NICOM in the third trimester had a MPD approaching 30%, showing the potential to be used intrapartum and at advanced gestations. NICOM has many positive attributes, including its simplicity of use, operator-independence and ability to provide continuous hemodynamic profiles in an intraoperative/intrapartum situation. The levels of agreement we observed would indicate that NICOM cannot be used interchangeably with TTE at earlier gestations or postnatally. Two previous NICOM validation studies[25, 26] displayed highly variable levels of accuracy and precision (Table 3). Early validation studies reported strong correlations (r = 0.84–0.90) between bioreactance and pulmonary artery catheterization-derived CO estimates; however, Bland–Altman analysis was lacking. Importantly, the differences between NICOM, USCOM and TTE are acceptable as long as different technology-specific reference ranges are employed.
|Reference||Year||Patient population||Reference method||Device||Bias (L/min or L/min/m2)||Precision (L/min or L/min/m2)||95% LOA (L/min or L/min/m2)||MPD (%)|
|Knirsch||2008||Pediatric cardiology||PAC therm||USCOM||−0.13||1.34||−1.47; +1.21||36.4|
|Tan||2005||ICU||PAC therm||USCOM||−0.18||0.82||−1.43; +1.78||35.7|
|Thom||2009||ICU||PAC therm||USCOM||−0.09||1.47||−3.01; +2.83||51.7|
|Wong||2008||Liver transplant||PAC therm||USCOM||−0.39||0.93||−1.47; +2.25||25.6|
|Kober||2013||Cytoreductive surgery in ovarian carcinoma||PAC therm||NICOM||0.26||0.85||−1.39; +1.92||50.7|
|Kupersztych-Hagege||2013||ICU||PAC therm||NICOM||−0.09||2.55||−2.20; +4.10||82.0|
Strengths and limitations of the various means of assessing CO should be considered. CSA, used to deduce SV for TTE and USCOM, can be obtained by different methodologies. The strength of using TTE is that the LVOT is measured in individual patients. USCOM employs an algorithm, based only on the patient's height, to provide the outflow tract diameter. Measurement of flow in the region of the aortic annulus, as performed by TTE, provides the highest accuracy, compared with other methods of estimating CO from the LVOT[15, 16]. Whilst the USCOM estimation provides an easy and reproducible method, enabling its bedside application, it does not factor in weight or body surface area, a potential source of error in CO estimation. Pregnancy is associated with significant changes in body surface area, which could be associated with changes in aortic dilatation[17-19].
TTE and USCOM utilize different Doppler modalities. PW Doppler, used by TTE, enables a recording of velocity at any specific point within the cardiac anatomy; this is in contrast to continuous-wave Doppler, used by USCOM, which cannot ascertain the precise location at which a velocity has been obtained. Training in the correct application of USCOM is important in order to obtain the transaortic VTI. Inaccurate recordings (e.g. recordings obtained instead in the ascending aorta) can be a significant source of error.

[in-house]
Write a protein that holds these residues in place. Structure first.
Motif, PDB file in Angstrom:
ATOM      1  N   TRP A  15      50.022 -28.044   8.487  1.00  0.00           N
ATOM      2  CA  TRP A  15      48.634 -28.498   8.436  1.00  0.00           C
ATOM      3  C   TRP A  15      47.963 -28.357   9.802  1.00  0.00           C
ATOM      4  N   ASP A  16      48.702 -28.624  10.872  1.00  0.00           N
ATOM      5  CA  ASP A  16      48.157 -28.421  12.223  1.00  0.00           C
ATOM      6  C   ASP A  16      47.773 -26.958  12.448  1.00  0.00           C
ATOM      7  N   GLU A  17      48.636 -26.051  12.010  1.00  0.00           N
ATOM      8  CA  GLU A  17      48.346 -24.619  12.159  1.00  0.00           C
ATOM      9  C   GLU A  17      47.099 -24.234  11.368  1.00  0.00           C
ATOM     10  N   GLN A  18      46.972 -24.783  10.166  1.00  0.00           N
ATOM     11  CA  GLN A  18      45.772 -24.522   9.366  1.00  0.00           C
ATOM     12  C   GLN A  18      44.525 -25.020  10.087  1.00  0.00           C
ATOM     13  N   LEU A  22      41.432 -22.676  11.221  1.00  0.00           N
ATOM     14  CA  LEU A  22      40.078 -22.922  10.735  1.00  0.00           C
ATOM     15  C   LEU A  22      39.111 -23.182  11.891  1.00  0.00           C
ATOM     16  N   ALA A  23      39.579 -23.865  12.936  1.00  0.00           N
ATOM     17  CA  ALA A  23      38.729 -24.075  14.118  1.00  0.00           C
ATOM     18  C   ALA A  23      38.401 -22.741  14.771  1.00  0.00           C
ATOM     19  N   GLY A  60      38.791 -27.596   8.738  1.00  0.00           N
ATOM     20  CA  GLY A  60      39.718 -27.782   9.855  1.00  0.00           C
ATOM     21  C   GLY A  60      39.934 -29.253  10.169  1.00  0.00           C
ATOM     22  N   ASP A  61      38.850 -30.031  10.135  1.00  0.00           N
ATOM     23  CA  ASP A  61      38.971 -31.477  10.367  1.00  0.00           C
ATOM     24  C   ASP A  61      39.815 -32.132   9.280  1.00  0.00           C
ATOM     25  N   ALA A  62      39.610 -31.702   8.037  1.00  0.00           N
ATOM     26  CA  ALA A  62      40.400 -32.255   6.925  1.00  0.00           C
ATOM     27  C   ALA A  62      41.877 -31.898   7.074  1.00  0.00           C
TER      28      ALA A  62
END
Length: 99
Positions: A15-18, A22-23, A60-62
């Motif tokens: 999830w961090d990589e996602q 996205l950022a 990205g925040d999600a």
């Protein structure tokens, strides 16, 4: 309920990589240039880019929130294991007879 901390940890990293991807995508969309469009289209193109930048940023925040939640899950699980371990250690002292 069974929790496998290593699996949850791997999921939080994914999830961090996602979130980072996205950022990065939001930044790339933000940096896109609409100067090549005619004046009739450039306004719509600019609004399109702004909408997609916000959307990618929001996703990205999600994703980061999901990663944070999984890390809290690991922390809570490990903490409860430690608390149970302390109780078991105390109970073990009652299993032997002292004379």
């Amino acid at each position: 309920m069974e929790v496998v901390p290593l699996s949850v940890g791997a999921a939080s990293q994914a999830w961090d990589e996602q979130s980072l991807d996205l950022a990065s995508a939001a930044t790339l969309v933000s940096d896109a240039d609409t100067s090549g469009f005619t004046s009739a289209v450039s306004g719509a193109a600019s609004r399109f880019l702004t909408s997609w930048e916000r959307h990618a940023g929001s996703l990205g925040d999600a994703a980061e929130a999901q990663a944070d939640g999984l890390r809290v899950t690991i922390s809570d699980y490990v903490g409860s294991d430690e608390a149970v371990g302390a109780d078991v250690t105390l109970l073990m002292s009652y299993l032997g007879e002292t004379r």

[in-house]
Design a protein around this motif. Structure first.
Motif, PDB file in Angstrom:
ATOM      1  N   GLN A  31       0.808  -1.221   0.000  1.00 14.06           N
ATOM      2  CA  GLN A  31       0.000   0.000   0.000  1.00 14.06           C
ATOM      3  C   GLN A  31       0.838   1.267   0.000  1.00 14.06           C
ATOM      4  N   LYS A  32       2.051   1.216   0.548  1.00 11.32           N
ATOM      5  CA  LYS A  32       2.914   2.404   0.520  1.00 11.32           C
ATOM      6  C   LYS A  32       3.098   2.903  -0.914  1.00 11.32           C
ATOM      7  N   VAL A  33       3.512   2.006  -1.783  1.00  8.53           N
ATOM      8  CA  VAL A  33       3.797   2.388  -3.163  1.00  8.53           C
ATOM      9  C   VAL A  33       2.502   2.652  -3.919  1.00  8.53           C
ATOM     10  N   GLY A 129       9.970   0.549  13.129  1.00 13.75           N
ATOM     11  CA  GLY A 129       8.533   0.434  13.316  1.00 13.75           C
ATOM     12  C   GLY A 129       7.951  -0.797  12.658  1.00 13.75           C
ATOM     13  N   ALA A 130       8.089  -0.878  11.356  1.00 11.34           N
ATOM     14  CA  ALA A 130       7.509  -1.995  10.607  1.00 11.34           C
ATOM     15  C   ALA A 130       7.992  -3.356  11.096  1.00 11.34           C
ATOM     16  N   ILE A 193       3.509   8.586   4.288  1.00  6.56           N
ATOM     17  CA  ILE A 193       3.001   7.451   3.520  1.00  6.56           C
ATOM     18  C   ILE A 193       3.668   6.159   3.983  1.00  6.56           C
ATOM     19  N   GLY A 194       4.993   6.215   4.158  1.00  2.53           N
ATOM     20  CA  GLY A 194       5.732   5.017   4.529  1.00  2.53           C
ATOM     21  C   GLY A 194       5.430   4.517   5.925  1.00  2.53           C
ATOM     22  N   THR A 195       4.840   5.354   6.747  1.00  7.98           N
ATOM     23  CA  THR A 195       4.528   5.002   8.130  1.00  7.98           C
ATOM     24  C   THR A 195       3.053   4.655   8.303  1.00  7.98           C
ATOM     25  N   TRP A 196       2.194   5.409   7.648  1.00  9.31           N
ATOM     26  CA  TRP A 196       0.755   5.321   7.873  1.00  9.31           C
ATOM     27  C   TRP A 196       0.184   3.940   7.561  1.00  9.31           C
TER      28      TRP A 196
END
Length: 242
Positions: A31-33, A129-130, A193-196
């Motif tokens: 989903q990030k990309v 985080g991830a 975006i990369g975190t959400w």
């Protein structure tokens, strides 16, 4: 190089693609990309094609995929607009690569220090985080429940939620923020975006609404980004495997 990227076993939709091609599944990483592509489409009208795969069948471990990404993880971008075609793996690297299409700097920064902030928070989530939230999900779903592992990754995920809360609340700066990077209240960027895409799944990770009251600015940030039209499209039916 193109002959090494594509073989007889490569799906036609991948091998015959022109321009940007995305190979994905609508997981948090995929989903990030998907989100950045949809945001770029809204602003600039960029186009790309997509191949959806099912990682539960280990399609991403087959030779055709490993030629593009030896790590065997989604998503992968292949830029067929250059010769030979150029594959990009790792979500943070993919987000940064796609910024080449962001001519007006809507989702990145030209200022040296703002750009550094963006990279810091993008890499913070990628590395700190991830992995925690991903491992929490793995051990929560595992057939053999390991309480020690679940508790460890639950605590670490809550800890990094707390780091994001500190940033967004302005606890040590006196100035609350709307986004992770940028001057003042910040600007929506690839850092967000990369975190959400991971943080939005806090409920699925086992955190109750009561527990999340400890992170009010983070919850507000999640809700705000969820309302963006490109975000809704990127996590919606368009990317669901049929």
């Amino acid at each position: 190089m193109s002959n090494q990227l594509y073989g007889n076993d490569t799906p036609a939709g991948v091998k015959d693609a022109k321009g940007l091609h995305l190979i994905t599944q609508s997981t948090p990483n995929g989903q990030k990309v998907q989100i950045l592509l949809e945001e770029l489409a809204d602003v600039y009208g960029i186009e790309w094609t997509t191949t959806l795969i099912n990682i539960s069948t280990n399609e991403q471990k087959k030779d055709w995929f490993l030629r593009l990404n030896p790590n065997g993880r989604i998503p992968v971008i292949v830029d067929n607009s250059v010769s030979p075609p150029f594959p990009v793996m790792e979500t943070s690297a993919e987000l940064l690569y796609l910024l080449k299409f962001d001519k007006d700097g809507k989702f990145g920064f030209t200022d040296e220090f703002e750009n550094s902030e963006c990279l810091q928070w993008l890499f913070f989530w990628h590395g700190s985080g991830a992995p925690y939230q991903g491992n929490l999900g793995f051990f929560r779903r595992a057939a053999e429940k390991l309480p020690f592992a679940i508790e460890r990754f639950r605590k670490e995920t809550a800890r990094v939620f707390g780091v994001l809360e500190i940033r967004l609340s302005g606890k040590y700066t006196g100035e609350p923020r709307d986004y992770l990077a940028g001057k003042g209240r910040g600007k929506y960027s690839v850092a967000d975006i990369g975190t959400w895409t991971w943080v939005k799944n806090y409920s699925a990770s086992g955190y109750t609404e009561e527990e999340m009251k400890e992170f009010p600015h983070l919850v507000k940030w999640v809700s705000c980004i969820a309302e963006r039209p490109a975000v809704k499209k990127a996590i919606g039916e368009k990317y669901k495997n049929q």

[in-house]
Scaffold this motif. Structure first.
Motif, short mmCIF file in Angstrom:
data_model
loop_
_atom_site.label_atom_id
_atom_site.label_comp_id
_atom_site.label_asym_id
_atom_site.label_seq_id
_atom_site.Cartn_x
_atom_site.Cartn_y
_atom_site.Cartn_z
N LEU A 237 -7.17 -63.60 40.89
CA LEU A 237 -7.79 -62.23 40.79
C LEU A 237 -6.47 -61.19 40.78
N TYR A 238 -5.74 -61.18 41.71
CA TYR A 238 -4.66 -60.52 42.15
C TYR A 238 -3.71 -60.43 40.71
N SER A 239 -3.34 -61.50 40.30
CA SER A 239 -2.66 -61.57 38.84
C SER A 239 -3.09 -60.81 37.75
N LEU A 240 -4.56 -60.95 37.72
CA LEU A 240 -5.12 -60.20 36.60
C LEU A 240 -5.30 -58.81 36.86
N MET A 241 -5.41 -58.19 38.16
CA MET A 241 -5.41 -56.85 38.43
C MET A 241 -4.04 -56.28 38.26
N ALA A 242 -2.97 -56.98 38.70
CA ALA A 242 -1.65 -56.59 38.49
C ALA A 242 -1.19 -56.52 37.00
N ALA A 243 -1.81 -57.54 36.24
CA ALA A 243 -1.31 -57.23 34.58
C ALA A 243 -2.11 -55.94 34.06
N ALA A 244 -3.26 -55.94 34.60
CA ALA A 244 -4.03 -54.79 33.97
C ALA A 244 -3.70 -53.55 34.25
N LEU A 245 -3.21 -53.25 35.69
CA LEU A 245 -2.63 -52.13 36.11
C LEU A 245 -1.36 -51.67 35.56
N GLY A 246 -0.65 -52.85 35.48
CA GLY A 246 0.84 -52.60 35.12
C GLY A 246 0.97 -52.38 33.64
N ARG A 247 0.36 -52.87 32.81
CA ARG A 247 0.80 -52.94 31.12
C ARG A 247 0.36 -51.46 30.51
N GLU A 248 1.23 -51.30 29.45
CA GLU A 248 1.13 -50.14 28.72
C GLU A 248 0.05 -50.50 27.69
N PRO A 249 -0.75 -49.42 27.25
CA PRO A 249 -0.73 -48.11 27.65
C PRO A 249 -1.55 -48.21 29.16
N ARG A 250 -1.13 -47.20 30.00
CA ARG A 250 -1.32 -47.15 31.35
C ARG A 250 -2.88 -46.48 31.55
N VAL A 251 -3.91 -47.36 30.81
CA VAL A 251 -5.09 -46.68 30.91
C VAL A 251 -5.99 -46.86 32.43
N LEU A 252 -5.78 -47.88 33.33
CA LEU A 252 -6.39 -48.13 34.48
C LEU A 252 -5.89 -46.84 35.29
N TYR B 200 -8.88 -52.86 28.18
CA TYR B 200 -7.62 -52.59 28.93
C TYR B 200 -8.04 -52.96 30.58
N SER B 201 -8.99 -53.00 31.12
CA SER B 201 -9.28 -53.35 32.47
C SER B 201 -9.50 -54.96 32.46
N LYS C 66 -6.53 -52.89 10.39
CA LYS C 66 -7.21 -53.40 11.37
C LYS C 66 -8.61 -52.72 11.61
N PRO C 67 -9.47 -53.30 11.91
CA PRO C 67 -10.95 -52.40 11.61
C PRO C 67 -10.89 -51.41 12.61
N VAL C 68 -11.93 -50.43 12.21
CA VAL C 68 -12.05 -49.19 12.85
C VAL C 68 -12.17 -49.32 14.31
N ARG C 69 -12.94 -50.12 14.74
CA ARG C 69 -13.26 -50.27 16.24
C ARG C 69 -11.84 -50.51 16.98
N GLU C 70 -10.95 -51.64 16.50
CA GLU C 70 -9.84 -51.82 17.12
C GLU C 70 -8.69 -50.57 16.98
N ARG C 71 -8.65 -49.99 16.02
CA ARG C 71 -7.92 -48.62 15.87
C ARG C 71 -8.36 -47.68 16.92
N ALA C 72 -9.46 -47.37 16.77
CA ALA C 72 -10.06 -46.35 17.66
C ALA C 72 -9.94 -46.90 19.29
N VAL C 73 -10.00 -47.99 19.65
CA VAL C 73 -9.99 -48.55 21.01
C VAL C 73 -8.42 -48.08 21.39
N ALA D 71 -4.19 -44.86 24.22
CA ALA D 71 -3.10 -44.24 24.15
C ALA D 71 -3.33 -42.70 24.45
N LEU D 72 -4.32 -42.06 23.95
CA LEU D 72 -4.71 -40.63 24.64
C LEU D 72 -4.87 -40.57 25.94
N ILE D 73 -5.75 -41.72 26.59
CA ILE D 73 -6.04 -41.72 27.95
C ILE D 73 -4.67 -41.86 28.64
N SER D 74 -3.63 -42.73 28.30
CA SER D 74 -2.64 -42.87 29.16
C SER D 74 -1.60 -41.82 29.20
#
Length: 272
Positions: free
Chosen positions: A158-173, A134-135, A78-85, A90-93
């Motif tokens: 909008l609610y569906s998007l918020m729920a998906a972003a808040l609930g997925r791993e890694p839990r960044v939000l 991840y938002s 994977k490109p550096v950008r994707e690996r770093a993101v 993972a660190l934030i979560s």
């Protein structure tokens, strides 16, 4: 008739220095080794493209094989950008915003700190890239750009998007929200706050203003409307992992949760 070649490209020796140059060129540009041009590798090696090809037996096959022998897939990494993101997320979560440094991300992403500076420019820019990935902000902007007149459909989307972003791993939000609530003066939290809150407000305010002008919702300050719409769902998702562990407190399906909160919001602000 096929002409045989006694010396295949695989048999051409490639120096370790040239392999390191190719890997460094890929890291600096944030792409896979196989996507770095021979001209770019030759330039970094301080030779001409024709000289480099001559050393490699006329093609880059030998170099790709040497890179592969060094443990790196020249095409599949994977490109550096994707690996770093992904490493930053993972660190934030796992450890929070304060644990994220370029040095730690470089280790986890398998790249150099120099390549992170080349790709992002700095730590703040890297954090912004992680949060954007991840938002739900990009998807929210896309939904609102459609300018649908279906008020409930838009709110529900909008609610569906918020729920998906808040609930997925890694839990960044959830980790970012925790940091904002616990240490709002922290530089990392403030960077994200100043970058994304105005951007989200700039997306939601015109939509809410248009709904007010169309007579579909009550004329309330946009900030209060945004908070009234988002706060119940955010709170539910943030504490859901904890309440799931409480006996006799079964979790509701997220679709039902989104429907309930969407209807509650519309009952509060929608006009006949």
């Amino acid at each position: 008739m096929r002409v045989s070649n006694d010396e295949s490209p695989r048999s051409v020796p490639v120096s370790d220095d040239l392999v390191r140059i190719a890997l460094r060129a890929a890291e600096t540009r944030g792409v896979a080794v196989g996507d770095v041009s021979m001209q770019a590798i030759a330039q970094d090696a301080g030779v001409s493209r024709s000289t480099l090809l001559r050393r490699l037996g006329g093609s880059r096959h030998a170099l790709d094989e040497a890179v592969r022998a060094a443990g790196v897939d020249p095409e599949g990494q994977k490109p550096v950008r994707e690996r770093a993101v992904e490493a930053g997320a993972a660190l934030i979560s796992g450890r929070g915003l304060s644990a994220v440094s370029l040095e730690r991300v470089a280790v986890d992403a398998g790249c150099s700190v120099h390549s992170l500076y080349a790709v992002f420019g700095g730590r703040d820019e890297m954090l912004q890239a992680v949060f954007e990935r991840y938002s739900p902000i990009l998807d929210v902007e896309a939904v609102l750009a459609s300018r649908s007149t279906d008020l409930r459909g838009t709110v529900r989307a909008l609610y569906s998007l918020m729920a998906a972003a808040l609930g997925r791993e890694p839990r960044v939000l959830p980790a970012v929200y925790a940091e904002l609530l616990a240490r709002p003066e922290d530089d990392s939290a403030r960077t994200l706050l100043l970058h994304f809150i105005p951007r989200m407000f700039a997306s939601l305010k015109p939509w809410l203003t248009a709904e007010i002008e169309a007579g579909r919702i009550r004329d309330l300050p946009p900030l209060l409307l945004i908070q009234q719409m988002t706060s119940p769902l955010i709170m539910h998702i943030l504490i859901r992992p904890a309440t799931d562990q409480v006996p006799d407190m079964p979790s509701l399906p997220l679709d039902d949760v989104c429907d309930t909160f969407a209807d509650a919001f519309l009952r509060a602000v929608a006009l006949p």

Finally, it is plausible that the hyperdynamic circulation will result in a certain amount of background noise, which will be picked up by the USCOM continuous-wave Doppler spectrum. This may result in ‘over-reading’ of the VTI, and hence produce a falsely elevated CO estimation compared with that provided by PW Doppler techniques. This may explain the positive bias in our obstetric population, as compared with the negative bias reported in the non-obstetric population.
Our data demonstrate that USCOM and NICOM show good agreement with TTE in advanced gestation. In clinical practice, their application will be in the management of critical illness in advanced pregnancy (e.g. septic shock, hemorrhage or pre-eclampsia). Both technologies have favorable characteristics that make them suitable for bedside application. They are simple to use, with measurements obtained within minutes by both medical and non-medical personnel, with minimal training required to achieve operative proficiency.
This cross-comparison study, particularly the results at earlier gestations, leads us to question the accuracy and precision of monitors such as USCOM and NICOM, and the interpretation of their findings, when used outside the third trimester; hence, thorough validation should be performed prior to interpreting published maternal hemodynamics data. Importantly, the indices obtained using such devices will not be directly comparable with those of TTE and hence device-specific reference ranges need to be constructed. One of the most relevant applications of this technology will be to display trends in hemodynamics. The inherent assumptions made by the machine algorithms should be of little relevance when assessing trends within a patient, as the ‘error’ is likely to remain constant. Future studies should evaluate the ability of these devices to assess accurately hemodynamic trends in both routine and pathological obstetric cases.
In conclusion, there is an unquestionable need for non-invasive, simple but accurate hemodynamic monitoring in the management of critically ill obstetric patients and for goal-directed therapy. However, the need and desire to utilize non-invasive technology should not be compromised by poorly reproducible, inaccurate or unvalidated measurements. Our findings suggest that both USCOM and NICOM perform well and have excellent repeatability and reproducibility in advanced pregnancy.
We would like to thank both USCOM and NICOM for the loan of their invaluable equipment in order for us to conduct vital research studies in this field. We would also like to thank Sophie Bowe, Research Associate, who participated in the interobserver analysis, and the research midwives and sonographers at St George's Hospital who helped us recruit our study participants.